Summary: St Romuald of Ravenna had a somewhat prickly temperament and seems to have found it hard to settle in a community. Perhaps that is what pushed him to combine the life of a hermit with that of a monastic community.
Patrick Duffy tells his story.
He then entered the Benedictine monastery of the Cluniac reform at Sant’Apollinare-in-Classe near Ravenna and after studying the Desert Fathers he proposed a more austere way of life for the monks. Although not all were in agreement with him he was elected abbot, and his correction of less zealous monks was not always welcomed. So he himself soon left the monastery. He put himself under the direction of a hermit near Venice. From there he moved on to set up hermitages in different places in northern Italy and southern France.
Some of his foundations
In 1005 Romuald went to Val-di-Castro, tried to go to Hungary, was unable to do so because of illness. He also made a foundation at Vallombrosa. The most famous of his foundations were at Fonte Avellana in the Apennines and Camaldoli in Tuscany which after his death developed into a separate congregation.
A combination of monastery and hermitage
At Camaldoli the monastery was arranged like the foundations in the Egyptian desert: at first it was a collection of hermits’ huts in which the monks lived alone except when they came together for the liturgy and for some meals. The huts were built of stone and each had a chapel and a garden for growing subsistence food. Later a few miles away he erected another building so that the monks could choose to live either a communal or a solitary way of life.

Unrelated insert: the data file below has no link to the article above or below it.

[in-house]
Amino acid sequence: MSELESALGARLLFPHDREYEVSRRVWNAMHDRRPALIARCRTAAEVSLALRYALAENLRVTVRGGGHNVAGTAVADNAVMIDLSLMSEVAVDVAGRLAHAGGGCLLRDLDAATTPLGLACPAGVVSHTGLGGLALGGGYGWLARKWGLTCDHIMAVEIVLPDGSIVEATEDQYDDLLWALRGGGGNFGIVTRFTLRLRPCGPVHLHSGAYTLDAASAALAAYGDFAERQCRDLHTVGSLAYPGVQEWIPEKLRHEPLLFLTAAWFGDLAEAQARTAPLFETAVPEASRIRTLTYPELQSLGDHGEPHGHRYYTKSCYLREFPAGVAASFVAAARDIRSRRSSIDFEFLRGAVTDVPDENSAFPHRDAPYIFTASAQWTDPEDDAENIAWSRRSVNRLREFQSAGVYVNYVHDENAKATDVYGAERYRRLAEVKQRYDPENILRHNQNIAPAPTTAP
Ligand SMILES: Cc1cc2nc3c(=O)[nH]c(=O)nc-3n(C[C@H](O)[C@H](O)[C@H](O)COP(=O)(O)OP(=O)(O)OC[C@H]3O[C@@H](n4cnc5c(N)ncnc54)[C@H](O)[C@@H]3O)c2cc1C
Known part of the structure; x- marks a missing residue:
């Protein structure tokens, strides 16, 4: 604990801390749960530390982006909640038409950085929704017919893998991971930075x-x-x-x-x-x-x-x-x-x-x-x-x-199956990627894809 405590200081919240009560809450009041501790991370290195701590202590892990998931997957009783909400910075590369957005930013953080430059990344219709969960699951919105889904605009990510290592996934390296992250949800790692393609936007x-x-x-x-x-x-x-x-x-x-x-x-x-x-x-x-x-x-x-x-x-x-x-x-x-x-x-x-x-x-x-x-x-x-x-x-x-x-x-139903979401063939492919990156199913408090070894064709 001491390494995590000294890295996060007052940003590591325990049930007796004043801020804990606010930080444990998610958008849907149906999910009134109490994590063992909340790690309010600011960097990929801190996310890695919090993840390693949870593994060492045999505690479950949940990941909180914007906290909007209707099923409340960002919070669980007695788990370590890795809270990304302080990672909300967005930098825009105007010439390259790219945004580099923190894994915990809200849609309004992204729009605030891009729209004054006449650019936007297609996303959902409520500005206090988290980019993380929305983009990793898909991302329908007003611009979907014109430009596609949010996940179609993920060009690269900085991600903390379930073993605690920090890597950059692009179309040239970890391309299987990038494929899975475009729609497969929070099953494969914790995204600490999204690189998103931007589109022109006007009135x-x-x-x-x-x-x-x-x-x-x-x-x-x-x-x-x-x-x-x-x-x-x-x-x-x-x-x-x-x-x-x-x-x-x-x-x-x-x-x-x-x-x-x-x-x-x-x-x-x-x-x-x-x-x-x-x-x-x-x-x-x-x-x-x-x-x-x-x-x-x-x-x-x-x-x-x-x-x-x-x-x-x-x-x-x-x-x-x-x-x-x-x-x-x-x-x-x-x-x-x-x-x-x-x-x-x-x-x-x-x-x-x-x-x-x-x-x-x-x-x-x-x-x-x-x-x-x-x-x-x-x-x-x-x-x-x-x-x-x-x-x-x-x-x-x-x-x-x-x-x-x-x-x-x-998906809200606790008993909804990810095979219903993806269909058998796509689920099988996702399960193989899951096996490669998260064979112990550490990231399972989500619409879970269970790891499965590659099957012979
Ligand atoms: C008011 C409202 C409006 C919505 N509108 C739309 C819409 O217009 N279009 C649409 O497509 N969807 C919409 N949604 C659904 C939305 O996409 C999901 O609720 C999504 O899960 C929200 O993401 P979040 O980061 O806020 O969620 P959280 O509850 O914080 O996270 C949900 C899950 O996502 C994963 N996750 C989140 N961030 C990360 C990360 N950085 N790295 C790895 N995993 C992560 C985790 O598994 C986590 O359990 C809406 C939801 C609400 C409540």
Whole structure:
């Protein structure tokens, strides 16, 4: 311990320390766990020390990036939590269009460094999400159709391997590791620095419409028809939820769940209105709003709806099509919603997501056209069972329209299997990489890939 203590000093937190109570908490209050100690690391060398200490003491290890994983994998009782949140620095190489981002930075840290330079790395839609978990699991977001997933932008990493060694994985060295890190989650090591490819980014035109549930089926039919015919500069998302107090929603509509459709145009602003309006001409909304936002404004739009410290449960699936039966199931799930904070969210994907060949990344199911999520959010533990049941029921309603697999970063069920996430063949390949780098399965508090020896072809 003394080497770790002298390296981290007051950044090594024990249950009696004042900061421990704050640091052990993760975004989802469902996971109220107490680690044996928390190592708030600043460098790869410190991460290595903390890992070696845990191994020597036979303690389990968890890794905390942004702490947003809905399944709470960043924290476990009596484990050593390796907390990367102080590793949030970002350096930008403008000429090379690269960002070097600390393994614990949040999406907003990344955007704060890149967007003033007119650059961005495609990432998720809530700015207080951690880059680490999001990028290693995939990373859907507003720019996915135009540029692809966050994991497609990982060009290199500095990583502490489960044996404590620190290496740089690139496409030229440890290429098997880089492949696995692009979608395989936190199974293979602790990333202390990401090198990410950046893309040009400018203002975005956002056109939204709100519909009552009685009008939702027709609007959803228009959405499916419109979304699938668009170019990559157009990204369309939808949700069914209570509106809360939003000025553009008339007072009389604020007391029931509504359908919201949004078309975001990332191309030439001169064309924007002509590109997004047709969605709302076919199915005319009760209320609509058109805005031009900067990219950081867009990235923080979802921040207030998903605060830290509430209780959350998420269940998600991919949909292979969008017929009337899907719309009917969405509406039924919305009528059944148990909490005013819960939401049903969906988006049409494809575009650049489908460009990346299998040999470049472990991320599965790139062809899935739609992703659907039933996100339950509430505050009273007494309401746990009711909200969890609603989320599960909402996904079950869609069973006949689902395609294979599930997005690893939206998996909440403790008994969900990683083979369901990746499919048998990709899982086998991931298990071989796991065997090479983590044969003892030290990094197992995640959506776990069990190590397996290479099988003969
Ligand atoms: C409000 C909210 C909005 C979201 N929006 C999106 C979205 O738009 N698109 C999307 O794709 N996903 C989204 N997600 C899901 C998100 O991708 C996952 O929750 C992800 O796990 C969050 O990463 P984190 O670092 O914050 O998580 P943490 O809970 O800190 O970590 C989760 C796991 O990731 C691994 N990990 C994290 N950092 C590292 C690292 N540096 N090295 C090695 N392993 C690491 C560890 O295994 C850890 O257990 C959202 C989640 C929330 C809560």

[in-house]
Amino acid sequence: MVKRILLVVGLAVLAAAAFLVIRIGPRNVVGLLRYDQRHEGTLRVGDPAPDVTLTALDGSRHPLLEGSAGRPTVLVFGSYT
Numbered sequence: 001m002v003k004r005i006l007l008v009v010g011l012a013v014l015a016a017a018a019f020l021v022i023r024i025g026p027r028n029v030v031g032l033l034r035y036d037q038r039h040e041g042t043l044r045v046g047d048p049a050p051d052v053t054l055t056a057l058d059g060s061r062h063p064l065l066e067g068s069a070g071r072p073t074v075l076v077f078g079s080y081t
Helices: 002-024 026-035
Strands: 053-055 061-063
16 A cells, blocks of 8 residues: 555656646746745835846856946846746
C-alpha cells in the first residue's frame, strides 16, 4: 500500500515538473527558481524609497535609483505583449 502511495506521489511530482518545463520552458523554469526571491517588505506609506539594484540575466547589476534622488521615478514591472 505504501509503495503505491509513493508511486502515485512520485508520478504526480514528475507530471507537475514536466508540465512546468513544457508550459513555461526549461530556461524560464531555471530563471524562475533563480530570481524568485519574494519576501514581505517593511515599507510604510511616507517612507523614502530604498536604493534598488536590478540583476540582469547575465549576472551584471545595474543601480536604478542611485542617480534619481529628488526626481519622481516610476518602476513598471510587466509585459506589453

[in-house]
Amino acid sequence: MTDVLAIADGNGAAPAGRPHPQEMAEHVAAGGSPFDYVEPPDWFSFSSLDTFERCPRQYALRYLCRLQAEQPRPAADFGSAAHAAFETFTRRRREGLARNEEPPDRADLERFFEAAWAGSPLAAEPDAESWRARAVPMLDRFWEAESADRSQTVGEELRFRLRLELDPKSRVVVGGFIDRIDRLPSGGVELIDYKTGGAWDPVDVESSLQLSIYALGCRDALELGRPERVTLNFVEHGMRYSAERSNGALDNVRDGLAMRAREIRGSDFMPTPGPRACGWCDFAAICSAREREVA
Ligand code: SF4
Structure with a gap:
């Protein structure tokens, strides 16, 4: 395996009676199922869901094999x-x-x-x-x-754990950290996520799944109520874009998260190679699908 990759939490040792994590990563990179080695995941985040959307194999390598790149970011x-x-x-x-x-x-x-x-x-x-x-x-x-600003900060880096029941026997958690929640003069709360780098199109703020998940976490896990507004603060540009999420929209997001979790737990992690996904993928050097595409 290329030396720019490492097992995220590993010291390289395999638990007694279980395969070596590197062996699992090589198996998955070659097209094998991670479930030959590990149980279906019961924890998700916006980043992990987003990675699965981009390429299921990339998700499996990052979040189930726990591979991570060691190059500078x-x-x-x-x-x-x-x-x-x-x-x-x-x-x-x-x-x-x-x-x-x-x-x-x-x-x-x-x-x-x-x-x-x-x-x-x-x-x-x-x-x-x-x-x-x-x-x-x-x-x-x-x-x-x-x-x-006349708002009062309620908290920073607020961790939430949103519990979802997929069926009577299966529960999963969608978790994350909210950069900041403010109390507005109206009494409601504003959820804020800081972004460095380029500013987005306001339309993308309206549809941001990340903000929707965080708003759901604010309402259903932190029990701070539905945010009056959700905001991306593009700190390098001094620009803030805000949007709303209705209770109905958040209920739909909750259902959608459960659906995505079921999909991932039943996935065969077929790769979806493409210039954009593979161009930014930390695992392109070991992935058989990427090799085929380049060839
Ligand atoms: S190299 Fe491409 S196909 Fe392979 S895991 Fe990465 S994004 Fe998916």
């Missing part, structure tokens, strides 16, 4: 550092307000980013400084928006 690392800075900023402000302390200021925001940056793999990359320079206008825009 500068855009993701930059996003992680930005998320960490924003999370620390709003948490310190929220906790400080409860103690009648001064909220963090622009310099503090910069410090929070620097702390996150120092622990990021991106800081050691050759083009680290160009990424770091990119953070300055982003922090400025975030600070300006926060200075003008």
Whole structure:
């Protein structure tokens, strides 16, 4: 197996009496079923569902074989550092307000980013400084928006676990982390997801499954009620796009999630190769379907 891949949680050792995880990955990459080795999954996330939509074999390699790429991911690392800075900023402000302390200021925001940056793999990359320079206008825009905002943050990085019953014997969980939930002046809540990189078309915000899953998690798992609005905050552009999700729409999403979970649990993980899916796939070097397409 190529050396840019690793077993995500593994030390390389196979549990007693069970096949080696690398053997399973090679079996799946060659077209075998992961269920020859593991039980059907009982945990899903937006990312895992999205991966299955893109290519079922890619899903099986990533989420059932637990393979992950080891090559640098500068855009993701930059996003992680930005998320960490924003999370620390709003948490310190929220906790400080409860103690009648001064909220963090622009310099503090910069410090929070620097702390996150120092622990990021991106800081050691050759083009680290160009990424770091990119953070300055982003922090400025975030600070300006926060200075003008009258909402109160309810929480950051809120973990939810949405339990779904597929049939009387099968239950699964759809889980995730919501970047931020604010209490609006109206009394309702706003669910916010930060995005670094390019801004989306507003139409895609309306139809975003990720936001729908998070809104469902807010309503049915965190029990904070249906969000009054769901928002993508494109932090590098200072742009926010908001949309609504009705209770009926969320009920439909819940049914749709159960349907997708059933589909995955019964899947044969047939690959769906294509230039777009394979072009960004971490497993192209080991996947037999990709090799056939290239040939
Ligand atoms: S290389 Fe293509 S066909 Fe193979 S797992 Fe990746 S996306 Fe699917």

The hermit life
Romuald’s contribution to monasticism was to provide for living the hermit life. This had been esteemed but rejected by Benedict, the framework of whose rule was strongly communitarian. Romuald’s ideas afterwards influenced Bruno who in 1084 founded his own Carthusian Order in the woods of La Chartreuse near Grenoble in France.
Death and influence
After much wandering, Romuald died alone in his cell at Val-di Castro.
The Camaldolese monks still exist as a small independent order of Benedictines and continue the way of life Romuald began. There are Camaldolese monasteries and hermitages in Italy, Poland, France, India, Brazil and the USA.